At popular request (*waves hi to requesters*), I’m briefly going to walk through some of the jargon that you’ll hear in the email marketing world. Then, I’m going to explain to what is important about each piece of jargon. Ihate jargon as much as the next person, but but since these come up in my website critiques as a side discussion, I wanted to address this stuff. It’s important.
In alphabetical order…
Autoresponder: This is where you automatically send new subscribers a series of emails spaced over a number of days, weeks, or months. While this can be used effectively, its often overused. Go sparingly on the email bombardment please 🙂
Bounce: This is when your mailer sends an email to a subscriber and the email address bounces back. This is inevitable so don’t worry much about it – sometimes I scan through them to see if there is something obvious, like someone made a typo, but I only do this on the welcome email bounces. Otherwise, I just ignore it – it’s usually low.
Click Through Rate: This is the number of times someone clicks on a link in your email. I’m assuming most of you will have links that click through to a blog post or a sales page, so I prefer just to check analytics the following days after a campaign to see traffic levels. The problem is that people can click your link more than once, or forward to a friend who then clicks, driving this figure up higher. Or – someone clicks the “read this edition online” email, and then uses the links online thereafter.
Double Opt In: This is where someone signs up to your list (that is the opt-in part) and then the system sends them an email where they have to click in order to confirm they wanted to be on the list (that’s the double part). We use this on the TOP newsletter. The reason you would use this is to avoid any complains or problems down the road with your list, plus it also reinforces with people the relationship on subscribing (and makes them go and unmark you as spam if that happens). Contrary to popular belief, I know of no one who has had problems with people clicking on the confirmation email. And just so you also know, people will still complain and mark you as spam after double opt-in.
Forward to a Friend: Pretty self explanatory; some email programs have a widget or button that allows one of your listeners to click and send the newsletter to a friend. They can, oddly enough, also hit the forward button. 🙂
Open Rate: This is the percentage of people on your list who actually opened your email. This is the holy grail of figures for some people, but the problem with it is that it is hard to judge; most programs use a hidden JPG image to count this, or other complicated mechanisms, but often email programs like Gmail or Thunderbird don’t render these items because they think they’re spam. And other readers might have opened it then promptly hit delete. So, read these with a heft of caution. Industry standard for open rates is low, around 20%, though if you have a high quality list (like we do) you can get around 60%.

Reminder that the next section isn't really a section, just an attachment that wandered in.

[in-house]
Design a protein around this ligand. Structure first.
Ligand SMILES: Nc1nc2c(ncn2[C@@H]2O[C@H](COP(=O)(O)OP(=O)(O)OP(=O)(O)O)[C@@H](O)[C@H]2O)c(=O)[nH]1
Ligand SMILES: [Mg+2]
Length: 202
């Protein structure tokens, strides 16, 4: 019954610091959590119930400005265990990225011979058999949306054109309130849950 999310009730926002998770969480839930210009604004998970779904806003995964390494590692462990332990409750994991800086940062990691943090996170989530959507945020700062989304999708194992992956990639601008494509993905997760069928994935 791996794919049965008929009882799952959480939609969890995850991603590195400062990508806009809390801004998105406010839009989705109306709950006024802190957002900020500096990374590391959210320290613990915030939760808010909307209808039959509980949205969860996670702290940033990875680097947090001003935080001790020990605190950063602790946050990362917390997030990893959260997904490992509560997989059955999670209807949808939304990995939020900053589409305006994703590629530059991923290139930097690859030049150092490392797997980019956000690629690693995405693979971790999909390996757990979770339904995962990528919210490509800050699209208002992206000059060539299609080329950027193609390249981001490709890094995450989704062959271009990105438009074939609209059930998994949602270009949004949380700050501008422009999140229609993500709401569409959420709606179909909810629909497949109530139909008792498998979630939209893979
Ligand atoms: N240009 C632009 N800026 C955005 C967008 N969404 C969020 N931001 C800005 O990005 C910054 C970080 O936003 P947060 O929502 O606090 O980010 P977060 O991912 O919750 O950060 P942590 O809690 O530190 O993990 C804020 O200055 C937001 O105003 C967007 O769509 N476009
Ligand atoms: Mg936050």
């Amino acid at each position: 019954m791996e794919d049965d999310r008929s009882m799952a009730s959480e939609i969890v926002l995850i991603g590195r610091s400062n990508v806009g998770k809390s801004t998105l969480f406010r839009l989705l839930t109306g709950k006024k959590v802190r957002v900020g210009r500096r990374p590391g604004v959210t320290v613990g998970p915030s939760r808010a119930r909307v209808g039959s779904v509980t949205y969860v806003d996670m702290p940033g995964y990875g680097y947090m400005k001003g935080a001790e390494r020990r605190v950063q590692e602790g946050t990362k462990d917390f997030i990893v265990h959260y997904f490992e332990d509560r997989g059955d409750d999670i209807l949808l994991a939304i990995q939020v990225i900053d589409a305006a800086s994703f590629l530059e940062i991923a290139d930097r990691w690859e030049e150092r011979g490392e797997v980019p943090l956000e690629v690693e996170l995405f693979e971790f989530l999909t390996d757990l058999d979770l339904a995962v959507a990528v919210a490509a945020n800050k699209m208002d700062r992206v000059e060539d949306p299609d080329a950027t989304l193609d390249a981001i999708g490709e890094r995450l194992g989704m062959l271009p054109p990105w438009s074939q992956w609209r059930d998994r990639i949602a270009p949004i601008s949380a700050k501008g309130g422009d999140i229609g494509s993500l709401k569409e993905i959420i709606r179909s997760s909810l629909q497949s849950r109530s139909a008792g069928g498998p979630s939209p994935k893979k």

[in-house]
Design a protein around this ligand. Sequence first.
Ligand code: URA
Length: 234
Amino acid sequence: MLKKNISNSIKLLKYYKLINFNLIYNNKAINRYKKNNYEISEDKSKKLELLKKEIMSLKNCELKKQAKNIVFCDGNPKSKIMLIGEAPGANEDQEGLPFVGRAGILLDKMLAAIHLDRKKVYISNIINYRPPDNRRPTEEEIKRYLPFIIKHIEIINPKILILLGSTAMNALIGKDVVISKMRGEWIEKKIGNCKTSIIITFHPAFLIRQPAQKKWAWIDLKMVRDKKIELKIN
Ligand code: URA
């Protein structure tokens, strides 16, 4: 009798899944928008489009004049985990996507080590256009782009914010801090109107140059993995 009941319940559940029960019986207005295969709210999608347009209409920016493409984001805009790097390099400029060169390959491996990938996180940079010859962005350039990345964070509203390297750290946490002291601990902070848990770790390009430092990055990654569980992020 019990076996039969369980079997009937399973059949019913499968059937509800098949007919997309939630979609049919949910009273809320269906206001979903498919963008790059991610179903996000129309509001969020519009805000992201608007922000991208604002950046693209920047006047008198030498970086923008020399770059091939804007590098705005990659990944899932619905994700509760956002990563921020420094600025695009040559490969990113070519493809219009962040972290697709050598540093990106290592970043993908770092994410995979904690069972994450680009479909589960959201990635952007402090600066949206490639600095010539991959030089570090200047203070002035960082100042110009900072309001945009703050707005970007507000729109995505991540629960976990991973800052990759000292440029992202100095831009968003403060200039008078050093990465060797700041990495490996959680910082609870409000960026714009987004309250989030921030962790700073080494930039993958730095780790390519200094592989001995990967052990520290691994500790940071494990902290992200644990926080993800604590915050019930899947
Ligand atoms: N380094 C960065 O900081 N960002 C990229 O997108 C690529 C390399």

Personalization: With this technique, any information the new subscribers give when signing up can be used in the email. We use this on the TOP mailing list for your first name – so you give that upon signup, and then in the emails we can say “Hi Joe” – it’s just a little more personable and friendly. The more fields you require for signup, the less signups you’ll have – and crazy personalization doesn’t get you much, so less is more here. Skip it if you’re not ready.
Split Test: In some programs, once you have enough subscribers, you can do a split test, which is to send two different emails to two halves of the list, and compare which one does better. This is usually done to test email subject lines (and subsequently, open rates) but you can also do it for content too. I wouldn’t advise getting into this level of testing unless you have well over a couple of thousand subscribers, and are ready to do the dirty work.
Subscriber: A name and email address who has signed up to your list. So, the total number of subscribers is the size of your list. Bigger is better, naturally, but never sacrifice quality for quantity. It’s always better to have a few people who are interested than a bunch of people not really interested.
Welcome Email: This is the email that confirms someone’s subscription. I highly recommend this – customise it with a special offer perhaps, or a preview of what’s coming, just to get your new subscriber trained that you think they are special and they should open all your future emails.
Whew. There are more, but those are the ones that are most important. If you hadn’t noticed, I prefaced nearly every one of these email marketing jargon words with a comment about accuracy (or the lack thereof). Email does not have good statistics, so I find two other pieces of objective measurement work well:
Otherwise, to be honest, you can forget the rest of this stuff. But everyone tends to focus on it, and in a general sense, it does give you a feeling for how you’re doing. Just don’t obsess over numbers that aren’t entirely accurate.
Let me know how else I can help.
Flickr Photo CC esparta